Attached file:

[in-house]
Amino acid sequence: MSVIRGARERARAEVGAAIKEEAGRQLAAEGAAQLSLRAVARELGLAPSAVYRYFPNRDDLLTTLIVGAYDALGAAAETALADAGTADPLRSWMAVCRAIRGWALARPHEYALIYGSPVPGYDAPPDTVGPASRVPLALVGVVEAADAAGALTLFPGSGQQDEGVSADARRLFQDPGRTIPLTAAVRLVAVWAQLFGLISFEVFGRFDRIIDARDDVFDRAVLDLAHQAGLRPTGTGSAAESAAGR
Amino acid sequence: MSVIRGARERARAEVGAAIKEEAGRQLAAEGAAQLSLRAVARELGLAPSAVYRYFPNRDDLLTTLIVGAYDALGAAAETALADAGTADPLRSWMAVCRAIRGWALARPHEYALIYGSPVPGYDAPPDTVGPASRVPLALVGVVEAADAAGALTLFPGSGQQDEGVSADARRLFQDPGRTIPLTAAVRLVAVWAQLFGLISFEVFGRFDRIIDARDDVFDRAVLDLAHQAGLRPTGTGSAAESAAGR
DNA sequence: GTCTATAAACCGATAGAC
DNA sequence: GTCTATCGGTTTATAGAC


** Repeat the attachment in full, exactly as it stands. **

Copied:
[in-house]
Amino acid sequence: MSVIRGARERARAEVGAAIKEEAGRQLAAEGAAQLSLRAVARELGLAPSAVYRYFPNRDDLLTTLIVGAYDALGAAAETALADAGTADPLRSWMAVCRAIRGWALARPHEYALIYGSPVPGYDAPPDTVGPASRVPLALVGVVEAADAAGALTLFPGSGQQDEGVSADARRLFQDPGRTIPLTAAVRLVAVWAQLFGLISFEVFGRFDRIIDARDDVFDRAVLDLAHQAGLRPTGTGSAAESAAGR
Amino acid sequence: MSVIRGARERARAEVGAAIKEEAGRQLAAEGAAQLSLRAVARELGLAPSAVYRYFPNRDDLLTTLIVGAYDALGAAAETALADAGTADPLRSWMAVCRAIRGWALARPHEYALIYGSPVPGYDAPPDTVGPASRVPLALVGVVEAADAAGALTLFPGSGQQDEGVSADARRLFQDPGRTIPLTAAVRLVAVWAQLFGLISFEVFGRFDRIIDARDDVFDRAVLDLAHQAGLRPTGTGSAAESAAGR
DNA sequence: GTCTATAAACCGATAGAC
DNA sequence: GTCTATCGGTTTATAGAC